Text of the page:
In your very brief time with the Rockets, you’ve become quite a polarizing figure. You’ve managed to incite a lot of anger, expose a good deal of bias and ignorance both in the media and the working profession and alienate nearly an entire fan base.
Let me preface this by saying I am 28 years old. I have a wife and children. I have also suffered from anxiety and depression for the past 10 years. I’ve been told there are medical reasons for this, and I understand the general American public’s perceptions about medical conditions being used as a “crutch.”
I like your cause, and I support it fully. You don’t know how many times I’ve heard, “Well just let *insert deity* take care of it” or “Everybody has problems, you just have to learn to cope with them and deal with them like the rest of us do.” Mental Illness does not have a simple fix nor is it easy to cope with. It is a battle every day for the rest of your life.
This is clearly your mission, your passion and your obsession, a fact you have made readily apparent to your 140,000 followers on Twitter. Your tweets shift from honesty and claims of needing understanding to re-tweets from well-wishers and those who blast you. To those people, you simply tell them to “#BeWell”.
Royce, there is no one out there who doesn’t want you to be well, especially the fans.
We saw glimpses of your basketball potential during the Summer League games and in the preseason. Some of us are still convinced that you could be a revolutionary player that could change the game, but few of us are still convinced you actually want to play basketball anymore.
In the grand scheme of things, your “mission” is more important than a game we play, but what fuels the backlash against you is more than your dreamy-headed tweets or anxiety. You have a built-in support system, something many others do not have access to, but you haven’t taken advantage of it. You’ve stuck to your guns and refused to concede any points. You’ve made it all about the crusade so much so that you mentioned the Sandy Hook Elementary tragedy in your recent press release, which has been seen by many as an insensitive attempt to draw attention to yourself.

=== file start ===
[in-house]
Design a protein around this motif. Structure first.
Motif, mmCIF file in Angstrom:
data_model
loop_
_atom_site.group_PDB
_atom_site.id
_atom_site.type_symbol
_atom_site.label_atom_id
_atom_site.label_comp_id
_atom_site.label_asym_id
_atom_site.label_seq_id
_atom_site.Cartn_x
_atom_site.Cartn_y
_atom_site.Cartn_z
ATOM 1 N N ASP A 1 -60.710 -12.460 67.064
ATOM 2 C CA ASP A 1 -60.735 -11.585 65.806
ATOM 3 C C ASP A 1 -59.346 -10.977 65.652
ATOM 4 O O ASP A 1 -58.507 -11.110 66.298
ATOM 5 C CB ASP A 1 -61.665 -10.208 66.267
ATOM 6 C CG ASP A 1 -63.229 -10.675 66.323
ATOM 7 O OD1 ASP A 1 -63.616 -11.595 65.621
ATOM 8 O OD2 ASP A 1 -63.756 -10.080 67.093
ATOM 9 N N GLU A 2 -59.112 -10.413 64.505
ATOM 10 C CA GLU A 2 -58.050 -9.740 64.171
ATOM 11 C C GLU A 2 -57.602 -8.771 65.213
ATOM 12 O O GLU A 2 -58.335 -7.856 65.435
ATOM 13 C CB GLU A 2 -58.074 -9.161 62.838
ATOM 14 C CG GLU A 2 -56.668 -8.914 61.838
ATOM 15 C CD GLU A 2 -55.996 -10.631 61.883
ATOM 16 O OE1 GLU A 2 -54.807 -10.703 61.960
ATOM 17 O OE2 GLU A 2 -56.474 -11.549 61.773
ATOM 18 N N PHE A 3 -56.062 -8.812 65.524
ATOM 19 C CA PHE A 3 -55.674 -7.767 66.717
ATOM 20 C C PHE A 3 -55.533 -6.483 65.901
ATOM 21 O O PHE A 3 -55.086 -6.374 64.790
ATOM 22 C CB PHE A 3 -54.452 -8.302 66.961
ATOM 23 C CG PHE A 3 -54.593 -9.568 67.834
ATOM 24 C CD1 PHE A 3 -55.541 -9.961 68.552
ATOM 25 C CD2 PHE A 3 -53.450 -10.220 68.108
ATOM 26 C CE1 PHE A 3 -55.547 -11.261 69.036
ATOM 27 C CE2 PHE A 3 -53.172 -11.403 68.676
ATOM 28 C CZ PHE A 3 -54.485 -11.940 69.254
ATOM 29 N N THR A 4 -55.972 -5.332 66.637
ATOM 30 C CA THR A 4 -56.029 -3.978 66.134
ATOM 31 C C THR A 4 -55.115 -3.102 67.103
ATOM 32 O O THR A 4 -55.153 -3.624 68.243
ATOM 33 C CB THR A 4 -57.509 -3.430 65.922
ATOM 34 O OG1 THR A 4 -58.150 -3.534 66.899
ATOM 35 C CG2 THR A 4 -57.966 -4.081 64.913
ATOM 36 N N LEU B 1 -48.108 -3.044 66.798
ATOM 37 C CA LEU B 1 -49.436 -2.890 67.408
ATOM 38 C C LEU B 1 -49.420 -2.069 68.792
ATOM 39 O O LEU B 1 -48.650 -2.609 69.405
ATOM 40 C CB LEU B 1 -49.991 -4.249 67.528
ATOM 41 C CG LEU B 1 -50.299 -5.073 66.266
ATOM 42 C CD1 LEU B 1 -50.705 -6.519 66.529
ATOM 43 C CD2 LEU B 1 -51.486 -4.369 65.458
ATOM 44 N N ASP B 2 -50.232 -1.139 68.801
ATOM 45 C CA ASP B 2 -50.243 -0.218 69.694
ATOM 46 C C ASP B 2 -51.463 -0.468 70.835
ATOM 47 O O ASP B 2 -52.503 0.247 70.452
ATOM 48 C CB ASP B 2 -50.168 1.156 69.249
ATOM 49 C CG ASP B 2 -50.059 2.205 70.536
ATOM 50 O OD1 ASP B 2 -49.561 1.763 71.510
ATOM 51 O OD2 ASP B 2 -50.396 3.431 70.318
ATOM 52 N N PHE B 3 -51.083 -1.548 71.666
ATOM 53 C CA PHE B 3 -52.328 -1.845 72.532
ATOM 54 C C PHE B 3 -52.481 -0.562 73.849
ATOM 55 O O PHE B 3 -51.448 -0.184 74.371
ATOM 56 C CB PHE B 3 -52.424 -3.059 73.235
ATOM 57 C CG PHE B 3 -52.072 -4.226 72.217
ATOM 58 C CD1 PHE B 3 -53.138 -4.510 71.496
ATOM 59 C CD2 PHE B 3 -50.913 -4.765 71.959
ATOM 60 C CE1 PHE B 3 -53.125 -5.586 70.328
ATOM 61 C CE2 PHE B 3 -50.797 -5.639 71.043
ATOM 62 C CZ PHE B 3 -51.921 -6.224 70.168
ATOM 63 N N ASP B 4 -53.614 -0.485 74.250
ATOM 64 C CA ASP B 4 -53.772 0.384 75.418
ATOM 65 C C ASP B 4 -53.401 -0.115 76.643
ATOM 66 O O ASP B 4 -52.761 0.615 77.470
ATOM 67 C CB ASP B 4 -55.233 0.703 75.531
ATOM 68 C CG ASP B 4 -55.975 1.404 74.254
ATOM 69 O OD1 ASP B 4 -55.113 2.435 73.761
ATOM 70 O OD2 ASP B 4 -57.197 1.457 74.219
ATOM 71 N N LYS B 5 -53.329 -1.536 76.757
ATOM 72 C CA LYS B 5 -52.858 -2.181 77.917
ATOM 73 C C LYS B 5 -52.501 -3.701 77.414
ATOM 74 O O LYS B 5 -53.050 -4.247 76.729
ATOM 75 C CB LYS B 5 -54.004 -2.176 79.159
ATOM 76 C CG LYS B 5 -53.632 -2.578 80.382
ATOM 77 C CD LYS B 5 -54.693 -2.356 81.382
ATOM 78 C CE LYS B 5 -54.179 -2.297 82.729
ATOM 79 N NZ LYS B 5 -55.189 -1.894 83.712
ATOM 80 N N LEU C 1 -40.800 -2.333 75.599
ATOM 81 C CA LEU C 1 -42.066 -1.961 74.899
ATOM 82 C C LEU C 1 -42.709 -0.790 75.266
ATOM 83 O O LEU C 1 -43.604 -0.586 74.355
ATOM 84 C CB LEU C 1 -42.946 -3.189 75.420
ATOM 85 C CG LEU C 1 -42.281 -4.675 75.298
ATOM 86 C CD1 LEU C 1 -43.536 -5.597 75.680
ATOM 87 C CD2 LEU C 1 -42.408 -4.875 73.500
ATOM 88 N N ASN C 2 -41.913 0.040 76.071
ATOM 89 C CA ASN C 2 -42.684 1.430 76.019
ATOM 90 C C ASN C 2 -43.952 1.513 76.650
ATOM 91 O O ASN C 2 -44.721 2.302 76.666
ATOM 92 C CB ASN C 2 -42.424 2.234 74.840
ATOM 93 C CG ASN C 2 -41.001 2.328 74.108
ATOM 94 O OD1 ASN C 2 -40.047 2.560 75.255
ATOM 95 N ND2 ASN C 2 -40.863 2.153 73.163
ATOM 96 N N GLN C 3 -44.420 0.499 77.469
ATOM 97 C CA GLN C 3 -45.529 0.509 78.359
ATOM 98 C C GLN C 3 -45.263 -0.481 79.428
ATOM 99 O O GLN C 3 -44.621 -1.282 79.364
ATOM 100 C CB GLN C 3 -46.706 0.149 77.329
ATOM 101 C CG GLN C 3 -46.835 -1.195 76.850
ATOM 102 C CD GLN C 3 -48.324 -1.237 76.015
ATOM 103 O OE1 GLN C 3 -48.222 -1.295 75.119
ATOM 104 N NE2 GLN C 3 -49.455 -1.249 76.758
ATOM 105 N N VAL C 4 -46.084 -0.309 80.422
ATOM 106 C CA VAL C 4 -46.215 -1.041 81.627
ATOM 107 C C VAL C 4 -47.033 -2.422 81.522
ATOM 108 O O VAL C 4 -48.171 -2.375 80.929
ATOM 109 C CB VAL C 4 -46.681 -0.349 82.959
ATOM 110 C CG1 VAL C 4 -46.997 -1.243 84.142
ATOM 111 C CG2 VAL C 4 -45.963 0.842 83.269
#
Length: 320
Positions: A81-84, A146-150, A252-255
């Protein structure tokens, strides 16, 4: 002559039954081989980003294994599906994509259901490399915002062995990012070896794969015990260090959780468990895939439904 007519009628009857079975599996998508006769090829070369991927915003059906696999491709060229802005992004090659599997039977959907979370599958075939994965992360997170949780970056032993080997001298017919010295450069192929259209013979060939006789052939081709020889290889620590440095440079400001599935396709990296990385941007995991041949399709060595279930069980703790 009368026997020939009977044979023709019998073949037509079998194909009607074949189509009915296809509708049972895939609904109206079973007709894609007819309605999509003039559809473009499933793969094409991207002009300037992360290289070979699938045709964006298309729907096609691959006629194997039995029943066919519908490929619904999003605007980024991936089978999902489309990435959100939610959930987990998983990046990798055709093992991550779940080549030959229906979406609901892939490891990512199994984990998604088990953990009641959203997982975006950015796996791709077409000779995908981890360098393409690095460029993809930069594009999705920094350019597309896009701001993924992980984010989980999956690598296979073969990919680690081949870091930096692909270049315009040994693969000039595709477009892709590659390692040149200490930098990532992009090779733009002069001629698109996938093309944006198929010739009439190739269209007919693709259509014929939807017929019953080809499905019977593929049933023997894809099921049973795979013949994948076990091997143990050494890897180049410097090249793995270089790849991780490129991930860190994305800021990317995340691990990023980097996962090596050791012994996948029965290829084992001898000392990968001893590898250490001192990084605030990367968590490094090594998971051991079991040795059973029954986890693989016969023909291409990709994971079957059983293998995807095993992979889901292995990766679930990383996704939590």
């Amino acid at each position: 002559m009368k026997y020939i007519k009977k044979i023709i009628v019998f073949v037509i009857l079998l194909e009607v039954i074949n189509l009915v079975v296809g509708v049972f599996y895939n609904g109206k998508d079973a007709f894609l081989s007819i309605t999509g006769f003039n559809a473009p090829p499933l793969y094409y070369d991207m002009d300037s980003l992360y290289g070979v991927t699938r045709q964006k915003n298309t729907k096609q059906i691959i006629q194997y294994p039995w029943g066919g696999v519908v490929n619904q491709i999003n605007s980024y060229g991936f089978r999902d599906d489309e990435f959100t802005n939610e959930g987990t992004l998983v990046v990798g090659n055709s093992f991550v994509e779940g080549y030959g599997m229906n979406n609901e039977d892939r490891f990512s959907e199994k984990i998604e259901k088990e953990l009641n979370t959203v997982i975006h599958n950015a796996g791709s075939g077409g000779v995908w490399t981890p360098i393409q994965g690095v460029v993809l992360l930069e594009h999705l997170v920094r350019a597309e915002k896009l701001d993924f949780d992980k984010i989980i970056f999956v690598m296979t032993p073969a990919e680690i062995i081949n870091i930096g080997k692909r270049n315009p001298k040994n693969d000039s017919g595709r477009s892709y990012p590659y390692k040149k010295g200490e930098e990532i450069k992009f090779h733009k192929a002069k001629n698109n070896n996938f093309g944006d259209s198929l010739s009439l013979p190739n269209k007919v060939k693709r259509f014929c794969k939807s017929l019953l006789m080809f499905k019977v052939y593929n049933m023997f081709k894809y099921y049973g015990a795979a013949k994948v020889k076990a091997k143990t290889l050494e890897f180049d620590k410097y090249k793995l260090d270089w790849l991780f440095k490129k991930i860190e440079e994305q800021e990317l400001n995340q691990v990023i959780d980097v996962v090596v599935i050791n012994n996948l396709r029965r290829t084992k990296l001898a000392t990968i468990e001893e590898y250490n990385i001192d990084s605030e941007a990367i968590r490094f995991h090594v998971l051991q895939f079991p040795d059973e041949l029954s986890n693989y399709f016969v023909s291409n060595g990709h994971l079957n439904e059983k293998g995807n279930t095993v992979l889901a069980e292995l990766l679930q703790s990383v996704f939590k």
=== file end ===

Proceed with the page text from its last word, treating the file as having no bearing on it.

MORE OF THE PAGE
Your attempts at transparency are causing you to be eaten alive in the court of public opinion. It is getting harder for your supporters to stay on your bandwagon. If you want us to see your transparency on Twitter as a way to understand your point of view, then you must also be willing to reciprocate by seeing our point of view as well.
When the average fan places his set of values onto your situation, he sees himself bending over backwards to do what it takes to play basketball in the NBA. It’s fine to be a guy who speaks his mind, as long as you do all the things required of any other professional. Look no further than Arian Foster as an example of a talented football player who still manages to keep it real on his Twitter account and his life. His pursuit of intellectual and creative endeavors enriches his personality and makes us like him more despite his idiosyncrasies.
The harsh truth is that we don’t always get exactly what we want out of life. Sometimes compromises have to be made. Sometimes you have to concede a point or two. Sometimes, you have to stop playing the victim and understand the other side as badly as you want your side to be understood.
You demand progress for yourself and others, and we applaud that. But you also demand to be put above the team, above the profession, above the needs of any others, and then it appears that you are the one that is lost above the clouds. You have a lot of people depending on you and there is a lot at stake. You playing basketball is not just about basketball as a game. It is about showing that a man can create a fairer set of rules for himself. In order to do that, you must first prove you will work just as hard as everyone else.
Your move, Royce.
This could be something beautiful for the game and for humanity.
You could be the catalyst.
- A Rockets Fan